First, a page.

Cara Massimina by Tim Parks

This has one of those irritating cover blurbs where it’s obvious why they put it there, but it’s misleading. ‘Better than Silence of the Lambs,’ says the LA Times. If that would lead you to expect something like an FBI thriller or a hunt for a serial killer, let alone a brilliant cultivated cannibal, you’ll be disappointed. I’m not sure whether it is better than that book, anyway, but that doesn’t seem a very interesting question to pursue anyway.

A more meaningful quote would be ‘If you liked The Talented Mister Ripley you’ll like this’. A clever and ambitious young Englishman (a rather more miserable specimen than Tom Ripley, but similarly psychopathic, in a very accurate sense) in Italy taking opportunities to make money, without thinking about human consequences. I’ve not read so many books so like someone else’s – and the differences don’t seem to me to go to Parks’ credit. I mentioned that his Morris is a more contemptible specimen than Ripley, and this is hammered home all too often, in little moments of whininess and all sorts of hints at minor sexual perversions that the author seems to think are to his discredit (transvestism, repressed homosexuality).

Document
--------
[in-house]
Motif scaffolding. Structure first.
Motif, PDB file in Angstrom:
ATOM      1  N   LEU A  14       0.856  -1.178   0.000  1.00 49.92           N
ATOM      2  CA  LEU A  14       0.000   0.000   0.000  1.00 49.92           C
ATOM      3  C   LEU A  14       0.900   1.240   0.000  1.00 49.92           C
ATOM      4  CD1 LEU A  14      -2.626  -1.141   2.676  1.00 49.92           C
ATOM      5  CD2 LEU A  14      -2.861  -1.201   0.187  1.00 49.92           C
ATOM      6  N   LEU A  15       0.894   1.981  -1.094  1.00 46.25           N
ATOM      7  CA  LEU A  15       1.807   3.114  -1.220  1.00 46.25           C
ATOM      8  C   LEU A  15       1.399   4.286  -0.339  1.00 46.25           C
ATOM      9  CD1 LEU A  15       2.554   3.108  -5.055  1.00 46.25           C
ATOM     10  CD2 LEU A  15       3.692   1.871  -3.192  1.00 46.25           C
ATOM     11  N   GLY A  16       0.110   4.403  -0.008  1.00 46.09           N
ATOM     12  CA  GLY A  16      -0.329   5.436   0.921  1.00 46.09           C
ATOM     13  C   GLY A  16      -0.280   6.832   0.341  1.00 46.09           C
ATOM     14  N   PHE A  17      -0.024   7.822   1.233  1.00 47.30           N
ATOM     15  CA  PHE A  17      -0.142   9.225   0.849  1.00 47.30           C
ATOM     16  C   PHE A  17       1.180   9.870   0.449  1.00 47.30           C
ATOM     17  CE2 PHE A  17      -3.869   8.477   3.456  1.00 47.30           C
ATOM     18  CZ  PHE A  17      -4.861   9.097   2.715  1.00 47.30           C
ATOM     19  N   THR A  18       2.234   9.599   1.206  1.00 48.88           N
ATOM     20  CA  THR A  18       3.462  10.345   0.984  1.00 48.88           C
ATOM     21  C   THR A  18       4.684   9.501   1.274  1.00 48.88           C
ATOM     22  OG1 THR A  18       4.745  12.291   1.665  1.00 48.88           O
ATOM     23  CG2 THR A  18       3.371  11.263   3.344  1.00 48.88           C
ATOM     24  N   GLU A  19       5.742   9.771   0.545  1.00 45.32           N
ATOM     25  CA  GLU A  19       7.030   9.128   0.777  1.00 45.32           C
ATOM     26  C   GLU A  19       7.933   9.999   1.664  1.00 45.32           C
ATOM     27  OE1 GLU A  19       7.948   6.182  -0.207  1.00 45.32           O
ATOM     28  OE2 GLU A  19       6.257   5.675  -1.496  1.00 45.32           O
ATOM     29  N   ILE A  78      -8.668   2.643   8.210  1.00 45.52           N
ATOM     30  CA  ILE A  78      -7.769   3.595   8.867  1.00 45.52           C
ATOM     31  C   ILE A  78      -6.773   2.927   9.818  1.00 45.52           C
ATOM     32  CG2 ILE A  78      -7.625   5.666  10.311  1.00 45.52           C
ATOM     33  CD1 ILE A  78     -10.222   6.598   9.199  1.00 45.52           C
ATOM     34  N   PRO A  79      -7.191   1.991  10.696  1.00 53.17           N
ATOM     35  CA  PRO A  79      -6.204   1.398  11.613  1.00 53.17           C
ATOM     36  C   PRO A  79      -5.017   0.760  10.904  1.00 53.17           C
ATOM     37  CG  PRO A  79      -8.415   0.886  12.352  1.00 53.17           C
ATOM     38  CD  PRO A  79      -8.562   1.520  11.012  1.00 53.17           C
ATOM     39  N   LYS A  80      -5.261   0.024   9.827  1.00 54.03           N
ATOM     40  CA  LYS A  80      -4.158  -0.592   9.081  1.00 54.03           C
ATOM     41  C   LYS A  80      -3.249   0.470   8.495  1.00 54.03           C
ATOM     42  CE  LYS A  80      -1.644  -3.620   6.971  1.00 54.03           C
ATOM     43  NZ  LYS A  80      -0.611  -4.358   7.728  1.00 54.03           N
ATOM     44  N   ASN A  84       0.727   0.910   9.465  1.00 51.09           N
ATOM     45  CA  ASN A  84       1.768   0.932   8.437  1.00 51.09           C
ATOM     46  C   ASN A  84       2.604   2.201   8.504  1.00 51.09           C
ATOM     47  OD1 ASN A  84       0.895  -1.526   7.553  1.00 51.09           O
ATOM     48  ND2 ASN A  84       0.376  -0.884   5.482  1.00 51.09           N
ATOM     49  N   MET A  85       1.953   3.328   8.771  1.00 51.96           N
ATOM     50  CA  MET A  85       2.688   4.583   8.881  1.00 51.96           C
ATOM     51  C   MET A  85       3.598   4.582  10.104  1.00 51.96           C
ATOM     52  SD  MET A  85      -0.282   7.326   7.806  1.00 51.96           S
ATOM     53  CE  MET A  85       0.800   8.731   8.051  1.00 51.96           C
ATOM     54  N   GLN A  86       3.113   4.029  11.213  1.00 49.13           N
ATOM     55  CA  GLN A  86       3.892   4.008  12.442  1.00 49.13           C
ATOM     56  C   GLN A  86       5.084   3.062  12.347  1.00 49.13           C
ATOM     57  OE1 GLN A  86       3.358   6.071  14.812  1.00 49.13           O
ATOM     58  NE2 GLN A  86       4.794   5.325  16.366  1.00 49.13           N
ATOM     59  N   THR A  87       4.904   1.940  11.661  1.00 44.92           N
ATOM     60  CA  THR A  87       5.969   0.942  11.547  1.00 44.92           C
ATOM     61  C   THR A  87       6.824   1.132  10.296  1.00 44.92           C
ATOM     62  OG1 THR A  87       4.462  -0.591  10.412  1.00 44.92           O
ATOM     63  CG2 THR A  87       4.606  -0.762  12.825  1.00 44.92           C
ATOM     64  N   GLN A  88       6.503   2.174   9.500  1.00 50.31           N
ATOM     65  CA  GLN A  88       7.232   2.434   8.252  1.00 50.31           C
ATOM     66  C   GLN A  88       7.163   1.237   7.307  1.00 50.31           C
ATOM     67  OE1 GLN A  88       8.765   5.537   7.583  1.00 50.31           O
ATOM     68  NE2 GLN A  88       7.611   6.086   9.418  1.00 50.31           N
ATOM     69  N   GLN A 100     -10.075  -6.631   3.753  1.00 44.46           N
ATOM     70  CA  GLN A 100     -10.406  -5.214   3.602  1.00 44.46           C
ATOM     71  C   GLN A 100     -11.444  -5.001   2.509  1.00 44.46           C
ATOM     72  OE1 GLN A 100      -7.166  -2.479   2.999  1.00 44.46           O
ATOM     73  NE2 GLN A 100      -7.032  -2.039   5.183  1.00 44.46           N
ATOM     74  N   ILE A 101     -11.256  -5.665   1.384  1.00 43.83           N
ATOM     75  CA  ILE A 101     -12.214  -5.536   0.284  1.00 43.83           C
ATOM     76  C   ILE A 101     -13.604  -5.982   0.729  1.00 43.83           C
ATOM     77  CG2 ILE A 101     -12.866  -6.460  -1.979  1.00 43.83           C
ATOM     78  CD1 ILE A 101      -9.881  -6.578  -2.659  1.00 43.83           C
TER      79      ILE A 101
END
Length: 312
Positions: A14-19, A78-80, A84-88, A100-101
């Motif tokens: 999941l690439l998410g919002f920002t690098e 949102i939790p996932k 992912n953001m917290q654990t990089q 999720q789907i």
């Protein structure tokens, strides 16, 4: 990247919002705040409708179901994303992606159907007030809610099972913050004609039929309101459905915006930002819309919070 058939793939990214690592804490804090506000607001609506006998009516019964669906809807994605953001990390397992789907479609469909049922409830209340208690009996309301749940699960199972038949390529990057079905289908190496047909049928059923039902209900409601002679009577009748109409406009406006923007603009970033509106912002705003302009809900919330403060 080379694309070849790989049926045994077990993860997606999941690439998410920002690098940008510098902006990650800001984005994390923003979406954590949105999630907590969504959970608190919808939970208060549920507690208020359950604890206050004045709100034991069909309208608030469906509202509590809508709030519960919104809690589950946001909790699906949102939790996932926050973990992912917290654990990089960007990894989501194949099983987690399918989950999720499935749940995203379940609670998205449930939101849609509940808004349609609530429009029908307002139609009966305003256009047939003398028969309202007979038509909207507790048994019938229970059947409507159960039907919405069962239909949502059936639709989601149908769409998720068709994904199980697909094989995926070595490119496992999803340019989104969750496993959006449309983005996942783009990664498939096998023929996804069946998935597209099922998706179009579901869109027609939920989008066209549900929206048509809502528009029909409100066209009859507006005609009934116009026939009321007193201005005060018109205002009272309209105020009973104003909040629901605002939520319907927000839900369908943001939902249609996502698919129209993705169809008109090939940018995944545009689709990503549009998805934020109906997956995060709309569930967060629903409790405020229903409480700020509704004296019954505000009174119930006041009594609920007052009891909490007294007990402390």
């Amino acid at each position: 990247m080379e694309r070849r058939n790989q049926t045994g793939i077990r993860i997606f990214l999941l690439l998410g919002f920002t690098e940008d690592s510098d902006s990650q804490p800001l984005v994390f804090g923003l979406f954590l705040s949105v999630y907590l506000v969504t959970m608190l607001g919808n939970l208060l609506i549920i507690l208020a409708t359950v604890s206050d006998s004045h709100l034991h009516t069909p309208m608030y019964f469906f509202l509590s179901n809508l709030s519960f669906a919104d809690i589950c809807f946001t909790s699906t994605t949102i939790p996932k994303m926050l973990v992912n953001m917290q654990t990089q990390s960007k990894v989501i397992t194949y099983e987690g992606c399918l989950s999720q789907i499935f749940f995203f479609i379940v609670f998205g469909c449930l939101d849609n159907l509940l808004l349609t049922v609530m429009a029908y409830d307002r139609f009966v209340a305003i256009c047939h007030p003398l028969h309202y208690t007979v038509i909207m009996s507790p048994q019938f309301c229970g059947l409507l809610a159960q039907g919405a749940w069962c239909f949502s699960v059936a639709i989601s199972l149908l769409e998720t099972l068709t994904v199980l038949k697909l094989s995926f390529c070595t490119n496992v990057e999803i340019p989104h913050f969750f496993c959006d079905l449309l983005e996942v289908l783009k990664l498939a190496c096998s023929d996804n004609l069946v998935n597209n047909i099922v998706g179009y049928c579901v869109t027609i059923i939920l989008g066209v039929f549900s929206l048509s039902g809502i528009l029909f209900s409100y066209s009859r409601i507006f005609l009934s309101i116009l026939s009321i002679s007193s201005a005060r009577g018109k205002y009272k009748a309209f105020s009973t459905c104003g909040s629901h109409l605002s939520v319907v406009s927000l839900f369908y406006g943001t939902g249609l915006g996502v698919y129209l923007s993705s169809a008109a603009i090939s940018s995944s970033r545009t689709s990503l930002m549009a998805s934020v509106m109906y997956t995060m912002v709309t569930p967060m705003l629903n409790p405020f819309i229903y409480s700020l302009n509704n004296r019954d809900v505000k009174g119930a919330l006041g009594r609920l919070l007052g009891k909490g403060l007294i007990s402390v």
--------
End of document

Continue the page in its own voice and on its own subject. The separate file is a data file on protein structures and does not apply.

Still, if you have read all of Patricia Highsmith’s wonderful novels and stories, you could do worse. Parks gets better later (Shear is the best novel centred on geology I have read, for what that’s worth, and Europa was Booker-nominated, if that counts any more), and there is a sequel to this, which I may report back on in time.